“Why didn’t the New York Times / Wall St. Journal/ USA Today/ [insert other publication title here]/ pick up my story?
It’s one of the most common questions PR pros hear from their bosses and clients, and we hear it frequently, too.
So why do top tier news outlets give stories a pass? Here are some of the key reasons:
- Exclusives. Almost all outlets prefer exclusives. The top-tier publications demand them. Exclusives attract audiences, sell news stand copies, drive web site traffic and ignite conversations on social networks. A great way to kill your chances is to send pitches via e-mail, putting recipients on the BCC line. Another sure-fire way to wreck your chances is to tell your target outlet about all the media coverage your story has already garnered.
- Scope. While a story is undoubtedly important to the organization pitching it, the value of the story to a target publication’s audience may be an entirely different kettle of fish. One sure fire test – does the publication actually run the kind of story you’re pitching? Media outlets are very good at understanding what kind of stories attract their audiences. If your organization wants to attract attention from a particular publication, it’s crucial that you frame your message in a way that will interest the publication’s audience. National news outlets are looking for stories with broad scope – namely, those that will be of interest from coast to coast.
- It’s old news. In today’s ‘deadline every nanosecond’ information marketplace, currency is, well, currency! Search engines and social networks denizens want the latest information. Big name publications aren’t going to cover events after they’ve happened. That said, all is not lost. Many smaller outlets – from local newspapers to industry monthlies – will still devote some print space to recapping events, so if you missed the boat with the big boys, you may still be able to gain coverage of your new product launch or event recap, provided you provide them with a reason (read: some real news they can sink their teeth into) to do so.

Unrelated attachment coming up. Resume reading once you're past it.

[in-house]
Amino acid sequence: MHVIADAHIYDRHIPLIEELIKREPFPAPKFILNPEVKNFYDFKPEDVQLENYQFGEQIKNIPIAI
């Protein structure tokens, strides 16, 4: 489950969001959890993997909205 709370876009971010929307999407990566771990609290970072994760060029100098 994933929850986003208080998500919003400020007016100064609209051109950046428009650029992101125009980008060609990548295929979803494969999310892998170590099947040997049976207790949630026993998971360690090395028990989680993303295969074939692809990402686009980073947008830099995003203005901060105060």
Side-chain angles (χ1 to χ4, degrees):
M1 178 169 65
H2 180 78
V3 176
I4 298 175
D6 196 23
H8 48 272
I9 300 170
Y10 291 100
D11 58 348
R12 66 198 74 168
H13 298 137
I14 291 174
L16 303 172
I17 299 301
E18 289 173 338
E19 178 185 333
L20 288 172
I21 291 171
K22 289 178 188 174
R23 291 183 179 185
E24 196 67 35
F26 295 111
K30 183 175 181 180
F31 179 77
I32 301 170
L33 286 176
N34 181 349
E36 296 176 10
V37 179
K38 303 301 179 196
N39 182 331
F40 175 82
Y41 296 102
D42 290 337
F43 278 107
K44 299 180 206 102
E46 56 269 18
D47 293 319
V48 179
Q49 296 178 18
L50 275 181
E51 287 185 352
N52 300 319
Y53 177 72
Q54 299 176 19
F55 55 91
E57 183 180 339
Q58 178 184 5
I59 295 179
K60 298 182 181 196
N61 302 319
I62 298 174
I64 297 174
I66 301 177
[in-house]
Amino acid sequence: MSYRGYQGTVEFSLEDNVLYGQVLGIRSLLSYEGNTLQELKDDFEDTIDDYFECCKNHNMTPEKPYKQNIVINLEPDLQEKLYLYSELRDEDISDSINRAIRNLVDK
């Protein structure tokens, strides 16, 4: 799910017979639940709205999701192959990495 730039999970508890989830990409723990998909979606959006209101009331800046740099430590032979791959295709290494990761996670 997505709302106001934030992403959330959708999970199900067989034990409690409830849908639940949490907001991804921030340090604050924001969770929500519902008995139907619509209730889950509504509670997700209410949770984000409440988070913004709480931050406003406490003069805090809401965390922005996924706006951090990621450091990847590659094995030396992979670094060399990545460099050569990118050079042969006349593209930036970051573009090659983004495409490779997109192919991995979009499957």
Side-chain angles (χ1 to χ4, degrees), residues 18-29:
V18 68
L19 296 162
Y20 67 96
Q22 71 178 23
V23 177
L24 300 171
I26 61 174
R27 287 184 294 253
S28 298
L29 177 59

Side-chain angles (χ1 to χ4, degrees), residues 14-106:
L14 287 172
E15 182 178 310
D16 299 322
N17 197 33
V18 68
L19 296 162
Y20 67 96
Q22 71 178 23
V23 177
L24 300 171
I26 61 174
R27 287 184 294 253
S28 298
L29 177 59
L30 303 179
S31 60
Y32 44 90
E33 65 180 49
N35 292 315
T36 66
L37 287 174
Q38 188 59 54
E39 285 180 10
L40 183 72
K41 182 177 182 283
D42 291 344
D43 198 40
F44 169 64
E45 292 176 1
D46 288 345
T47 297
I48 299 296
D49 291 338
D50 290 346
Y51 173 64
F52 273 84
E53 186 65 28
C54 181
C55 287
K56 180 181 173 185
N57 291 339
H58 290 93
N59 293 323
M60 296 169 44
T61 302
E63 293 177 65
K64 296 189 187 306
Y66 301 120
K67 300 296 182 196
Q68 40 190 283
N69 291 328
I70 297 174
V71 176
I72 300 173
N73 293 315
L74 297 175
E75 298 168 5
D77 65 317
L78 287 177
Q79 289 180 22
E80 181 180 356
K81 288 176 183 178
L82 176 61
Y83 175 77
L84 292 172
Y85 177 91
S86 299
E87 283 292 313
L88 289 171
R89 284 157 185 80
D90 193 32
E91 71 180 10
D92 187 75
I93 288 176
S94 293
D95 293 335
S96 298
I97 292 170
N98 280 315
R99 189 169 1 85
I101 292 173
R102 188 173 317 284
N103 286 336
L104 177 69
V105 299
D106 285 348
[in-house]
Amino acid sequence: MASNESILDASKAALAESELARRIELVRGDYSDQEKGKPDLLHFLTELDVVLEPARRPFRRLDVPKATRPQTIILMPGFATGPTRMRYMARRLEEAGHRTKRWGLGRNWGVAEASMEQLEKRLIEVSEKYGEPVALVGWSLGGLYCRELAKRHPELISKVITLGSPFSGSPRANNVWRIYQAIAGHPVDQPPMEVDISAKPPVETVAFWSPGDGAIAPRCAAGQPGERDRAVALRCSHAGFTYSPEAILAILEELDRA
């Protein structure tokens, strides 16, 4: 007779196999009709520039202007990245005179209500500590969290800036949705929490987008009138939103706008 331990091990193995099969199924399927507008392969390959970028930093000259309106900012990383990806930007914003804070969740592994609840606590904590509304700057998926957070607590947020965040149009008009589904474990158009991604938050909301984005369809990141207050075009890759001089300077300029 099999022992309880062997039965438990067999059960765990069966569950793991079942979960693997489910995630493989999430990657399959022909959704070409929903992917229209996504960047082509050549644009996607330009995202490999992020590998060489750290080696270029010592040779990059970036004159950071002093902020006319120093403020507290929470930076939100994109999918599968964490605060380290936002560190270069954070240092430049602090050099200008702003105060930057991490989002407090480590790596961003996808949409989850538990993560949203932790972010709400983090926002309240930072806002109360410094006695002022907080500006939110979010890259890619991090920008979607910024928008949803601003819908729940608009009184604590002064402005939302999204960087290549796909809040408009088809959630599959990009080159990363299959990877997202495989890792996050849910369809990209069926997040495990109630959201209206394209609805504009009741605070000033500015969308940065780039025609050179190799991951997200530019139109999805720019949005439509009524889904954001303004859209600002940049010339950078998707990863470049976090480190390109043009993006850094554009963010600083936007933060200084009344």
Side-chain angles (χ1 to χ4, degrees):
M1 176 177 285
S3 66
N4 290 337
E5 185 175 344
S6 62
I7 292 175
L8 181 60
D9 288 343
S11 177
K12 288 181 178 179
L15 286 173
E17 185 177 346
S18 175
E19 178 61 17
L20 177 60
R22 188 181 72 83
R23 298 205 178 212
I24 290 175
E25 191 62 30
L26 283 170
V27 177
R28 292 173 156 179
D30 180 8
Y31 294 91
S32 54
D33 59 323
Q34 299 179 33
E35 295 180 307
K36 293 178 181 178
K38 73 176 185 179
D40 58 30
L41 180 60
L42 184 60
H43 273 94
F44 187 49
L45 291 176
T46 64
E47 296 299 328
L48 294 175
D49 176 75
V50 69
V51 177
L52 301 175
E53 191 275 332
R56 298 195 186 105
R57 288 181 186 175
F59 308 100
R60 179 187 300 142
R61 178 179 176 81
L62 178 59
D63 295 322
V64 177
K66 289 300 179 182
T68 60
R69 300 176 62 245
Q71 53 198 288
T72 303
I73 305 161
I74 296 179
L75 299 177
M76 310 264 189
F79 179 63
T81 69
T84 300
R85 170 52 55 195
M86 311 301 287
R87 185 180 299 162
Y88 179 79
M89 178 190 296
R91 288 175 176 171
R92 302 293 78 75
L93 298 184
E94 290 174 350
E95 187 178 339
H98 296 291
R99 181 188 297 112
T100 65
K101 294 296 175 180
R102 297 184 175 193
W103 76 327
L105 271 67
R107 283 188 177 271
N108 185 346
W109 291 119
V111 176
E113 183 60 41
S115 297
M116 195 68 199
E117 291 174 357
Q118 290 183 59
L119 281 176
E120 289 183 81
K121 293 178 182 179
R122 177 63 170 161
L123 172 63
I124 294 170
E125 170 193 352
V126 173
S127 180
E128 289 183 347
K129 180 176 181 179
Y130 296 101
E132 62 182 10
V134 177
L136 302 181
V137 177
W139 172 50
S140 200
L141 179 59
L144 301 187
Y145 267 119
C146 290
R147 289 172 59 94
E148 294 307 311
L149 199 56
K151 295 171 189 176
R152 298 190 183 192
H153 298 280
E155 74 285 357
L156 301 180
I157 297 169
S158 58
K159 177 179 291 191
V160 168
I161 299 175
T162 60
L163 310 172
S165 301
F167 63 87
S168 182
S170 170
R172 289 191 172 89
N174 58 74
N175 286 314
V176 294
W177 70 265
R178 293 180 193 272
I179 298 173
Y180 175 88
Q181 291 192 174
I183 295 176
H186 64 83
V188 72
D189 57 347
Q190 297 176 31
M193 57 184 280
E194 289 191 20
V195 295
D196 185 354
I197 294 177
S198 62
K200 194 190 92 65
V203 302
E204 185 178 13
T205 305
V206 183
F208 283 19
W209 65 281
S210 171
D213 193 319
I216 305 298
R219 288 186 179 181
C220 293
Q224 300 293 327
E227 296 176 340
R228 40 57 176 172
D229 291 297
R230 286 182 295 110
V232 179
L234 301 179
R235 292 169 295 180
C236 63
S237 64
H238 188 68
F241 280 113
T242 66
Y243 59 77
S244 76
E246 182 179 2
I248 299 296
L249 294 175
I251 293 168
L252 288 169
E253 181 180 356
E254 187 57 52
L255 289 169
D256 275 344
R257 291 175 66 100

- Your story is boring. There. I said it. And I’m sorry if I hurt your feelings. Developing a good pitch takes time. You have to really delve into the story and find the most interesting angles – the whys and hows and whats that people will really care about. Read your pitch and your story. Is it so interesting that you would actually like to tell your friends about it? If the answer is no, sharpen your pencil and give it another shot.
In a funny twist, my colleague to whom this exact question was posed this week learned more from the client in a follow on conversation. The client had, in fact, violated two of these cardinal rules. First, the headline of the press release in question included a date far in the past. Secondly, they told the lifestyle editors at the NYT that other publications had covered the event previously. The fact that the pitch was accompanied by a valuable gift worth about $75 was the final nail in this pitch’s coffin – newsrooms do not work on a “pay to play” basis.
Our director of audience development, Victoria Harres, oversees the media relations efforts here at PR Newswire, and she has some good advice regarding pitching.
“National publications are looking to publish stories that connect with their readers,” she notes, going on to suggest, “Ask yourself what the human angle is in your story. And remember, PR jargon does not work. Leave it out. “
Here’s some related reading, if you’d like more help with your pitches and press releases:
Author Sarah Skerik is PR Newswire’s vice president of social media.